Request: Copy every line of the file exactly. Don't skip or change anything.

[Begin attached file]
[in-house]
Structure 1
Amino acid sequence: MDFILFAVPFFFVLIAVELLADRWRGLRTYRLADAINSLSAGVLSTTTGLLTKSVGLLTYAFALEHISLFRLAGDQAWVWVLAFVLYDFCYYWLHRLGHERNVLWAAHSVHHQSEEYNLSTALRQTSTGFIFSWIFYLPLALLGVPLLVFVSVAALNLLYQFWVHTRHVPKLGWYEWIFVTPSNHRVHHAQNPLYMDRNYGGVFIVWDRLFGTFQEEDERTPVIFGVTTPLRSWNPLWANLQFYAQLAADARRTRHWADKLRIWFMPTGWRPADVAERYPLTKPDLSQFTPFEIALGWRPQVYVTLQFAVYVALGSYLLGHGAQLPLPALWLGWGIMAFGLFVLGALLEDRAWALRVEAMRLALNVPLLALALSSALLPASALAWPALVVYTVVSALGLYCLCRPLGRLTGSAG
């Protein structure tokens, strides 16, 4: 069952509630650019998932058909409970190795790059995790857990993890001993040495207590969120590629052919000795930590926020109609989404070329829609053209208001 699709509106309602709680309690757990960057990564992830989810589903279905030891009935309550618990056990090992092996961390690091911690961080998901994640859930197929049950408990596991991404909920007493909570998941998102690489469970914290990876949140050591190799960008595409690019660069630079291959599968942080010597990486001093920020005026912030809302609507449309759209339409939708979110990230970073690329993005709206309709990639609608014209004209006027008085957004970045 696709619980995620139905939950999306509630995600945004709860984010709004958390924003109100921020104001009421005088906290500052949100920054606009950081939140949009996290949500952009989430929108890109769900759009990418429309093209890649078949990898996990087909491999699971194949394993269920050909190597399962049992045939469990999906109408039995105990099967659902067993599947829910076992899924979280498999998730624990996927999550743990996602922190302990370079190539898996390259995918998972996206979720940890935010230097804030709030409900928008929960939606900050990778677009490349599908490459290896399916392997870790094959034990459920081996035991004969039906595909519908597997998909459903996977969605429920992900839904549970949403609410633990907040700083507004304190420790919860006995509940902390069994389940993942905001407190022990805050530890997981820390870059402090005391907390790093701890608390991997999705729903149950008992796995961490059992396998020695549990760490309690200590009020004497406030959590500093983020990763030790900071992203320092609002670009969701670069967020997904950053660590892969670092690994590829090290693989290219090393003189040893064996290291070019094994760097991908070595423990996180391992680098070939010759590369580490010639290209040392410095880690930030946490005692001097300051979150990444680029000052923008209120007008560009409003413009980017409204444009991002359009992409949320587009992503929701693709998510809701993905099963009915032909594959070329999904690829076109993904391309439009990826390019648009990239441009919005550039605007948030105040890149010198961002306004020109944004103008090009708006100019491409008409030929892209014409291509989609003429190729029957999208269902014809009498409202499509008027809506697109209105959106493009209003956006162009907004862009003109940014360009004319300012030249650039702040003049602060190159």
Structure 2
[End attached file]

[in-house]
Structure 1
Amino acid sequence: MDFILFAVPFFFVLIAVELLADRWRGLRTYRLADAINSLSAGVLSTTTGLLTKSVGLLTYAFALEHISLFRLAGDQAWVWVLAFVLYDFCYYWLHRLGHERNVLWAAHSVHHQSEEYNLSTALRQTSTGFIFSWIFYLPLALLGVPLLVFVSVAALNLLYQFWVHTRHVPKLGWYEWIFVTPSNHRVHHAQNPLYMDRNYGGVFIVWDRLFGTFQEEDERTPVIFGVTTPLRSWNPLWANLQFYAQLAADARRTRHWADKLRIWFMPTGWRPADVAERYPLTKPDLSQFTPFEIALGWRPQVYVTLQFAVYVALGSYLLGHGAQLPLPALWLGWGIMAFGLFVLGALLEDRAWALRVEAMRLALNVPLLALALSSALLPASALAWPALVVYTVVSALGLYCLCRPLGRLTGSAG
């Protein structure tokens, strides 16, 4: 069952509630650019998932058909409970190795790059995790857990993890001993040495207590969120590629052919000795930590926020109609989404070329829609053209208001 699709509106309602709680309690757990960057990564992830989810589903279905030891009935309550618990056990090992092996961390690091911690961080998901994640859930197929049950408990596991991404909920007493909570998941998102690489469970914290990876949140050591190799960008595409690019660069630079291959599968942080010597990486001093920020005026912030809302609507449309759209339409939708979110990230970073690329993005709206309709990639609608014209004209006027008085957004970045 696709619980995620139905939950999306509630995600945004709860984010709004958390924003109100921020104001009421005088906290500052949100920054606009950081939140949009996290949500952009989430929108890109769900759009990418429309093209890649078949990898996990087909491999699971194949394993269920050909190597399962049992045939469990999906109408039995105990099967659902067993599947829910076992899924979280498999998730624990996927999550743990996602922190302990370079190539898996390259995918998972996206979720940890935010230097804030709030409900928008929960939606900050990778677009490349599908490459290896399916392997870790094959034990459920081996035991004969039906595909519908597997998909459903996977969605429920992900839904549970949403609410633990907040700083507004304190420790919860006995509940902390069994389940993942905001407190022990805050530890997981820390870059402090005391907390790093701890608390991997999705729903149950008992796995961490059992396998020695549990760490309690200590009020004497406030959590500093983020990763030790900071992203320092609002670009969701670069967020997904950053660590892969670092690994590829090290693989290219090393003189040893064996290291070019094994760097991908070595423990996180391992680098070939010759590369580490010639290209040392410095880690930030946490005692001097300051979150990444680029000052923008209120007008560009409003413009980017409204444009991002359009992409949320587009992503929701693709998510809701993905099963009915032909594959070329999904690829076109993904391309439009990826390019648009990239441009919005550039605007948030105040890149010198961002306004020109944004103008090009708006100019491409008409030929892209014409291509989609003429190729029957999208269902014809009498409202499509008027809506697109209105959106493009209003956006162009907004862009003109940014360009004319300012030249650039702040003049602060190159």
Structure 2